Cathedral Rock Trail: This 1.4-mile hike is steep, but it's worth it once you get to the top.
Oak Creek Canyon: Hike this river gorge for beautiful views and water access.
Airport Mesa: This scenic hiking trail is a fantastic spot to watch the sunset and admire city views.
Best known for its breathtaking canyons, mountains, and ponderosa pine forests, the city of Flagstaff sits 6,909 feet above sea level. It is home to a population of over 72,402 residents.
Located within an hour's drive to Sedona, Flagstaff is in a great location and tends to be directed towards a younger population due to the diverse nightlife and educational opportunities seen through the city's Northern Arizona University.
Considered to be one of the most expensive cities in Arizona and among the most expensive cities in the country, more than 86% of residents are employed in white-collar jobs earning an individual median income of $58,748 annually.
Since Flagstaff is found in the north-central part of Arizona, the city tends to be colder than other areas in the state and can receive up to 101 inches of snow annually. Due to this significant snowfall, it is no surprise that Flagstaff has multiple ski resorts that bring many visitors to the area.
Walnut Canyon National Monument: These ancient ruins were constructed from 1100 to 1250 AD and are an excellent spot to walk around.
Arizona Snowbowl: This popular ski resort has reasonable season pass prices and is a must-visit for skiing and snowboarding.
Lowell Observatory: This astronomical facility is a fantastic place to visit with the family to learn about the stars and to look through telescopes.
Wupatki National Monument: This preserved National Monument is a Native American archeological site and is an exciting place to visit.
Located southeast of Phoenix lies the city of Chandler in Maricopa County. With a growing population of over 252,692 people, Chandler is an excellent place to live that offers its residents a dense suburban way of life.
Considered a suburb of Phoenix, Chandler is often given a bad reputation for being a boring city, but that is further from the truth. Home to many cozy coffee shops, cool natural areas, museums, and top-rated restaurants, Chandler is a safe area where most residents own their homes.
With a high walkability score, numerous public art displays, and plenty of areas to hang out with the family, Chandler is an excellent place to build strong foundations outside the Pheonix city lines.
Arizona Railway Museum: Learn about the history of Arizona railroads and how they connected the Southwest to the rest of the country.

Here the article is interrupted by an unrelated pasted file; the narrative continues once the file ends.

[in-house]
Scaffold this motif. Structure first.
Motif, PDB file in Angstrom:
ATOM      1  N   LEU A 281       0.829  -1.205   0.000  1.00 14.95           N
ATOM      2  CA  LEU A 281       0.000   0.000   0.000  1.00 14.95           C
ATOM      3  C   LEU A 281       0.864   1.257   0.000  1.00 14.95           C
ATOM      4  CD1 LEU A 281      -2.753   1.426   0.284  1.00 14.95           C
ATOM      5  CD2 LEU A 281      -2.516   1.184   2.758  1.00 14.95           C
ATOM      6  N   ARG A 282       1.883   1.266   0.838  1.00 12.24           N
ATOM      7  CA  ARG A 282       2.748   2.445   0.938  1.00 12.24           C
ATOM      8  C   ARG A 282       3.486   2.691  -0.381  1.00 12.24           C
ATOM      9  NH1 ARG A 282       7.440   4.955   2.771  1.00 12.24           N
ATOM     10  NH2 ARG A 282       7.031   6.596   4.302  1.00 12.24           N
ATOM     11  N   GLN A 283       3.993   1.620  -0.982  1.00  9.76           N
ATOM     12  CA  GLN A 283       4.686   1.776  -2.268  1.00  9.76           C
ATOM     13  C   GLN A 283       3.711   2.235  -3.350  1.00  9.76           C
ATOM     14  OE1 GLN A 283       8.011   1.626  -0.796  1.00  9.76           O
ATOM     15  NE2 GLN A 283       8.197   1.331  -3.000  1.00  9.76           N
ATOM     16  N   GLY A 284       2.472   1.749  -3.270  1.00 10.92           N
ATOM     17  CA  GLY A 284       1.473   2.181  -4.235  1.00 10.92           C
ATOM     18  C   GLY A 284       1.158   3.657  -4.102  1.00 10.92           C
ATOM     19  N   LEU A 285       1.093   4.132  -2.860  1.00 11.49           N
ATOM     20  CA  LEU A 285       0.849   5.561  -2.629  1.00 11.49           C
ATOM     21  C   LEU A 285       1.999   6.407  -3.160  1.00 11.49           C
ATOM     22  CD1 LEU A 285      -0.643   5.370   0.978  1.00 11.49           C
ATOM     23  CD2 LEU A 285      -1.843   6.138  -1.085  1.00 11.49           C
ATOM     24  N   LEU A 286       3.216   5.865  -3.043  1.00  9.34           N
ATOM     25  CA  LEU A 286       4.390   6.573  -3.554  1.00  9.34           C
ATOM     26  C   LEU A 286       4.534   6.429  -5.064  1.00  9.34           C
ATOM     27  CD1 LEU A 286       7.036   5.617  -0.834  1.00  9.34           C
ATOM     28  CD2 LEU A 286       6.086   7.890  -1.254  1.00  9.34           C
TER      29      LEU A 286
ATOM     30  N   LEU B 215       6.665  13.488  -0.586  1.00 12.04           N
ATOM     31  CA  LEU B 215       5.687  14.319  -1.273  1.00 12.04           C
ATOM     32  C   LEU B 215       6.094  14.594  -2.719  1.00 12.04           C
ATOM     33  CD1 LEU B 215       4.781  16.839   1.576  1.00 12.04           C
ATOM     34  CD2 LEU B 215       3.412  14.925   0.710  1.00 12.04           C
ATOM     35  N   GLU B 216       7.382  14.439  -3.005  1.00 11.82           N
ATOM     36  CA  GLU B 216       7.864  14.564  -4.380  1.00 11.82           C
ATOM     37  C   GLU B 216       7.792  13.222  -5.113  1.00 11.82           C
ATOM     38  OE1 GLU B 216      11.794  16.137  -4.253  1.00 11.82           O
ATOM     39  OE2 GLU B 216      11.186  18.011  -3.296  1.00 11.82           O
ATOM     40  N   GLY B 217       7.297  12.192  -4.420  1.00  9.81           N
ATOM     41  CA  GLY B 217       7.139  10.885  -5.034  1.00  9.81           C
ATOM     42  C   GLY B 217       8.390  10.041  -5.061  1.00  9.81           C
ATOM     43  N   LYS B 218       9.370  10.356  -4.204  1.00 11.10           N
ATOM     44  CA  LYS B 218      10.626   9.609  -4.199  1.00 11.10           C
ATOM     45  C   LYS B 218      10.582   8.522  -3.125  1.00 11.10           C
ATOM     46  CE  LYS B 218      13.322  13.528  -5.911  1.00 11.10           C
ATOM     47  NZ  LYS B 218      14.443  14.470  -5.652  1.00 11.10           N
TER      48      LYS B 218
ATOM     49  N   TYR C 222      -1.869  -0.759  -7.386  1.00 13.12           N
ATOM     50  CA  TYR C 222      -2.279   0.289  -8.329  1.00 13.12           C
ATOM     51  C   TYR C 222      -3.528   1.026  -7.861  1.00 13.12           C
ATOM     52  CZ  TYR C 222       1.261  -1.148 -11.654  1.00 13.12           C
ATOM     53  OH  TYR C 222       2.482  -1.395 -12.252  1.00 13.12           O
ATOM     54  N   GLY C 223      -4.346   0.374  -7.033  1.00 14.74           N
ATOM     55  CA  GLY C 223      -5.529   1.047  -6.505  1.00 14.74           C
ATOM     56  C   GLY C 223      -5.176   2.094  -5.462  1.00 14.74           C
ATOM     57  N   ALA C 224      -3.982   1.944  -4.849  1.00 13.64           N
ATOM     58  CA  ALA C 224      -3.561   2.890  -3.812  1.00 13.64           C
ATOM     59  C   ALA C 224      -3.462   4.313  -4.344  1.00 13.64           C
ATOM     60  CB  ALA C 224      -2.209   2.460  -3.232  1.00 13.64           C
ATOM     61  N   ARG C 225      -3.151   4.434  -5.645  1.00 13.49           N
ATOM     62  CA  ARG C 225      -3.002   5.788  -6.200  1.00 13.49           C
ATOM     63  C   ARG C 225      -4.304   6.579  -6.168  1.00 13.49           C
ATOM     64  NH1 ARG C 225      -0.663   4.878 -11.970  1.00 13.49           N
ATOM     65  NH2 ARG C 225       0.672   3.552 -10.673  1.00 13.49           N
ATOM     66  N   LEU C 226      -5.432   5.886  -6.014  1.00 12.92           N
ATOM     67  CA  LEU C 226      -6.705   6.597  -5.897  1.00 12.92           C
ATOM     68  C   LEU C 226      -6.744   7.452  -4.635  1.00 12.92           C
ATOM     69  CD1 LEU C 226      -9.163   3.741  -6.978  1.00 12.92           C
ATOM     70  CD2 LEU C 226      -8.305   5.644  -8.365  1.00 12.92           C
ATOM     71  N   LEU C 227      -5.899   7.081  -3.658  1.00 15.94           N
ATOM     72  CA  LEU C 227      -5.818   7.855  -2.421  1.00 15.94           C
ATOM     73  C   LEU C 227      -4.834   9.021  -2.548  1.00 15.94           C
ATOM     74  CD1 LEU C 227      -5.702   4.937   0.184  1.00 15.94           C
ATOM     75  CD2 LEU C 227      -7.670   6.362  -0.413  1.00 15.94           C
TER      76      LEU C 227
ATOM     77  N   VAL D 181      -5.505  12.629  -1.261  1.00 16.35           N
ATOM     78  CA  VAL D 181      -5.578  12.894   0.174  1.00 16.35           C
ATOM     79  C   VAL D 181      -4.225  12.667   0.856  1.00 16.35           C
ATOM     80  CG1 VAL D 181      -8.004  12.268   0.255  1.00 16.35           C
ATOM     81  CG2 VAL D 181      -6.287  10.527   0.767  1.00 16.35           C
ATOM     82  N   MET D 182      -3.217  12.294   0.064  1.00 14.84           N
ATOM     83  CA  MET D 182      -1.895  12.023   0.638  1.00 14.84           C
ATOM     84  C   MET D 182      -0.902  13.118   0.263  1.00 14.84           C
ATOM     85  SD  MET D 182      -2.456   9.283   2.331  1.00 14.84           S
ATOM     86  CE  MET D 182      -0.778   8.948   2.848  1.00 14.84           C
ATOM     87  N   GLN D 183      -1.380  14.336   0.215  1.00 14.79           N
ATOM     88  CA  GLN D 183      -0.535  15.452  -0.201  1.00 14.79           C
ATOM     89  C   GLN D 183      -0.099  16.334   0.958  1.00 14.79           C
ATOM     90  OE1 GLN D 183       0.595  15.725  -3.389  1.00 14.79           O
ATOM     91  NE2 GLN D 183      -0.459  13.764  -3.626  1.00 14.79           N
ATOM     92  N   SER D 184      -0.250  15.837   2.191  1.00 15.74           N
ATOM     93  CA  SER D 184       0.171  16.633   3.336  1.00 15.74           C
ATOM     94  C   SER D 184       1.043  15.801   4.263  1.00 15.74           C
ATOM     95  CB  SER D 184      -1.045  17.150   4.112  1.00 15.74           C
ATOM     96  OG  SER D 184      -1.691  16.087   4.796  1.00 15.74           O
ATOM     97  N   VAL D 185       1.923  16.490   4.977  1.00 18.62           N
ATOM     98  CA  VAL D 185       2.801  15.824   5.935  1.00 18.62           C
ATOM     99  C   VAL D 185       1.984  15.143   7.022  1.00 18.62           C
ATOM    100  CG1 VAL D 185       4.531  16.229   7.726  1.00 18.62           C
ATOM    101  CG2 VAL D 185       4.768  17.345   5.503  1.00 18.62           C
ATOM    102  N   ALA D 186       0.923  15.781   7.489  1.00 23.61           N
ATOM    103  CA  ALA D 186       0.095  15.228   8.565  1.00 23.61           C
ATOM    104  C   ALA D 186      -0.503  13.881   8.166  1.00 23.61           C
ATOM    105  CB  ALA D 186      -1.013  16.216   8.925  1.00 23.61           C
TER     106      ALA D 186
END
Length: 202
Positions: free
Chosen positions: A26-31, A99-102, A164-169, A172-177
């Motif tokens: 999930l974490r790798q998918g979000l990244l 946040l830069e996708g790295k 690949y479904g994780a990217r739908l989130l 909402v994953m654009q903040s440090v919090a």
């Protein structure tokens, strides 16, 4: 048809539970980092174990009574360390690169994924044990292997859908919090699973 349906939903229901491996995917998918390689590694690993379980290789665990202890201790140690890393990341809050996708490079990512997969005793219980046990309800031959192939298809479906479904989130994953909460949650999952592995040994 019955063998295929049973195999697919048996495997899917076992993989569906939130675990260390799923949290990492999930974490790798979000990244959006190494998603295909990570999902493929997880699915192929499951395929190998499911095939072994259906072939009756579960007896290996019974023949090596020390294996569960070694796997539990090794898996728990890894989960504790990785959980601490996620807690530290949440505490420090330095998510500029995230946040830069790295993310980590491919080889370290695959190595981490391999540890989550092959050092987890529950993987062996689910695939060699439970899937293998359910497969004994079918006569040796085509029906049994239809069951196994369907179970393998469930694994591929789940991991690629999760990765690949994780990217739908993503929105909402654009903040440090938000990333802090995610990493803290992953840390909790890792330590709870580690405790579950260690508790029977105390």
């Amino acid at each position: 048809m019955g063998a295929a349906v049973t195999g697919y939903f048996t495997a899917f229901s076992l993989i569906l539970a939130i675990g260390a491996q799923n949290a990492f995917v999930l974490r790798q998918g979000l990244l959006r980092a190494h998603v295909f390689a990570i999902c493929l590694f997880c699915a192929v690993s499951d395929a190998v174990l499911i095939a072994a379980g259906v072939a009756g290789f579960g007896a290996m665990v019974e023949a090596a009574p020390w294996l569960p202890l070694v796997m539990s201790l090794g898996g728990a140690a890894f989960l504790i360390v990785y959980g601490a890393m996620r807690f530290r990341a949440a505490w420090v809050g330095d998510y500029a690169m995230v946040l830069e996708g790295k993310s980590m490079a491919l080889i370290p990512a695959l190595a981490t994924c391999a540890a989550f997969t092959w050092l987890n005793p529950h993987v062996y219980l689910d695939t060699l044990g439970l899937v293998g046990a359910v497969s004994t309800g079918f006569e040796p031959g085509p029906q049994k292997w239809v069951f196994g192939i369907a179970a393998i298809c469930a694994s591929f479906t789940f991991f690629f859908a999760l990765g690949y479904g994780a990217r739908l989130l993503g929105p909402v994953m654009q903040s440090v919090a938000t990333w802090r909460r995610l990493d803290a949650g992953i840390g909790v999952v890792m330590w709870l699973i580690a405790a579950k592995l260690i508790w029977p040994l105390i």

Chandler Museum: This cultural museum features six to eight yearly exhibits focused on culture, art, and history.
Makutu's Island: This tropical-themed play center is a popular spot to bring your kids. We are featuring an arcade area, slides, and tunnels.
Hohokam Pima National Monument: This ancient village was once inhabited by the Hohokam people between 300 BCE and 1200 CE.
Desert Breeze Park: This community park features a train ride, a lake for fishing, and athletic fields.
Consistently ranked as one of the best places to live in Arizona, the Maricopa County town of Gilbert is located just southwest of Phoenix and is considered part of the greater Phoenix metropolitan area.
What was once a Mormon farming community nicknamed the "Hay Shipping Capital of the World" has since turned into the fifth-largest municipality in Arizona.
Named one of Arizona's most prosperous cities, many young professionals and families are moving to Gilbert for abundant job opportunities, a high-quality education system, and a great real estate market.
Golfland Sunsplash: Featuring a lazy river, waterslides, a wave pool, bumper boats, laser tag, and go-karts.
Riparian Preserve at Water Ranch: This beautiful park is 110 acres and features 70 acres of water basins with walking trails, gardens, and an observatory.
San Tan Mountain Regional Park: This desert park covers 10,000 acres and is an excellent place to hike, bike, or ride horseback.
Freestone Park: Featuring a playground, athletic fields, batting cages, and fishing areas.
Cosmo Dog Park: This lakeside dog park is the best place in Gilbert to bring your furry friends for playtime.
Tempe is not only an affordable place to live within the Phoenix metropolitan area, but plenty of housing available will meet any budget.
Definitely worth the visit if not for the move; Tempe is a go-spot for young professionals, families, and college students. With a walkable Downtown and access to some of the best restaurants in Arizona, Tempe offers its residents a more youthful and hip vibe due to its proximity to Arizona State University.
Phoenix Zoo: Home to 1,200 animals, this is a go-to spot for families.
Pueblo Grande Museum: This pre-Columbian archaeological site is fantastic to walk around and admire history.
ASU Art Museum: This Arizona State Art Museum is home to 12,000 works of art in its permanent collection.
Casino Arizona: This local casino features more than 100,000 square feet of gaming space.
Tempe Beach Park: Offering paddle boat rentals, this is an excellent spot to hang out by the water and soak up the sun.
Best Places to Live in Arizona - The Bottom Line
Whether you want to live in the state's capital of Phoenix, near the red rocks of Sedona, or close to the ponderosa pines in Flagstaff, Arizona is full of amazing cities with unique offerings and communities.
While choosing the best place to live in Arizona that fits your wants and needs may be challenging, this guide has provided insight into where you may want to call home.
Once you have figured out where you want to live in Arizona, please get in touch with one of our knowledgeable Realty Specialists to help you through the home-buying process in your chosen city. Contact us today!